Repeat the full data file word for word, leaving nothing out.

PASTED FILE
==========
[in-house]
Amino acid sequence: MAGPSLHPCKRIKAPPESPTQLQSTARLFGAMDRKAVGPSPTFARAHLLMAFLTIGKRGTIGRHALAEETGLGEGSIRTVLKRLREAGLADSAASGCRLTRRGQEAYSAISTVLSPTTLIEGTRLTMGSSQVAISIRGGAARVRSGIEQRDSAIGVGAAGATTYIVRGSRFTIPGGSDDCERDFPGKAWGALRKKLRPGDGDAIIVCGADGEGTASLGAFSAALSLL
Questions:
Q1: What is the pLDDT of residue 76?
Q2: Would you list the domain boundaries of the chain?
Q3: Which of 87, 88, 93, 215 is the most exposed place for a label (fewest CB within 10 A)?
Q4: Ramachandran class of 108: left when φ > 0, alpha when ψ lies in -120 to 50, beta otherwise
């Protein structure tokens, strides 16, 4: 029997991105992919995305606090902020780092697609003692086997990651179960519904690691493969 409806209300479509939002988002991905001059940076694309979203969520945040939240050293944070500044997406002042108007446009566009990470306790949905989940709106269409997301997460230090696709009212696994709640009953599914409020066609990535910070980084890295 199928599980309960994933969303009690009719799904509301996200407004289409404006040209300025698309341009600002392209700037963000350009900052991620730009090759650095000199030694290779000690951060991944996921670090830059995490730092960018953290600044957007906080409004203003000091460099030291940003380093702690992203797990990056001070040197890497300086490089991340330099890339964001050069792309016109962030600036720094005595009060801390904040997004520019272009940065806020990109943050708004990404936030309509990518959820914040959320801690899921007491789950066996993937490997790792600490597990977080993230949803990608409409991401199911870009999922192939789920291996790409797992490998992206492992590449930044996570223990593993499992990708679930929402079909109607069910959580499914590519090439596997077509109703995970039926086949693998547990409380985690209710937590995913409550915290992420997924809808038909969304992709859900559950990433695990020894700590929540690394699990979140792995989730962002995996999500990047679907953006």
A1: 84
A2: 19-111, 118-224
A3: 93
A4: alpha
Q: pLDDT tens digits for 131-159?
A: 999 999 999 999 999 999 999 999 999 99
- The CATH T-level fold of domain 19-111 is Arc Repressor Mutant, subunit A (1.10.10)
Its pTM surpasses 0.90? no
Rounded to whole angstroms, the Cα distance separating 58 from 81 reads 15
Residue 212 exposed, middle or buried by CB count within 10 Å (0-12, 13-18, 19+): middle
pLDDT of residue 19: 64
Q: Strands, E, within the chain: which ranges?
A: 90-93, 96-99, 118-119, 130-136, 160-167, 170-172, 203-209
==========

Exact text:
[in-house]
Amino acid sequence: MAGPSLHPCKRIKAPPESPTQLQSTARLFGAMDRKAVGPSPTFARAHLLMAFLTIGKRGTIGRHALAEETGLGEGSIRTVLKRLREAGLADSAASGCRLTRRGQEAYSAISTVLSPTTLIEGTRLTMGSSQVAISIRGGAARVRSGIEQRDSAIGVGAAGATTYIVRGSRFTIPGGSDDCERDFPGKAWGALRKKLRPGDGDAIIVCGADGEGTASLGAFSAALSLL
Questions:
Q1: What is the pLDDT of residue 76?
Q2: Would you list the domain boundaries of the chain?
Q3: Which of 87, 88, 93, 215 is the most exposed place for a label (fewest CB within 10 A)?
Q4: Ramachandran class of 108: left when φ > 0, alpha when ψ lies in -120 to 50, beta otherwise
């Protein structure tokens, strides 16, 4: 029997991105992919995305606090902020780092697609003692086997990651179960519904690691493969 409806209300479509939002988002991905001059940076694309979203969520945040939240050293944070500044997406002042108007446009566009990470306790949905989940709106269409997301997460230090696709009212696994709640009953599914409020066609990535910070980084890295 199928599980309960994933969303009690009719799904509301996200407004289409404006040209300025698309341009600002392209700037963000350009900052991620730009090759650095000199030694290779000690951060991944996921670090830059995490730092960018953290600044957007906080409004203003000091460099030291940003380093702690992203797990990056001070040197890497300086490089991340330099890339964001050069792309016109962030600036720094005595009060801390904040997004520019272009940065806020990109943050708004990404936030309509990518959820914040959320801690899921007491789950066996993937490997790792600490597990977080993230949803990608409409991401199911870009999922192939789920291996790409797992490998992206492992590449930044996570223990593993499992990708679930929402079909109607069910959580499914590519090439596997077509109703995970039926086949693998547990409380985690209710937590995913409550915290992420997924809808038909969304992709859900559950990433695990020894700590929540690394699990979140792995989730962002995996999500990047679907953006």
A1: 84
A2: 19-111, 118-224
A3: 93
A4: alpha
Q: pLDDT tens digits for 131-159?
A: 999 999 999 999 999 999 999 999 999 99
- The CATH T-level fold of domain 19-111 is Arc Repressor Mutant, subunit A (1.10.10)
Its pTM surpasses 0.90? no
Rounded to whole angstroms, the Cα distance separating 58 from 81 reads 15
Residue 212 exposed, middle or buried by CB count within 10 Å (0-12, 13-18, 19+): middle
pLDDT of residue 19: 64
Q: Strands, E, within the chain: which ranges?
A: 90-93, 96-99, 118-119, 130-136, 160-167, 170-172, 203-209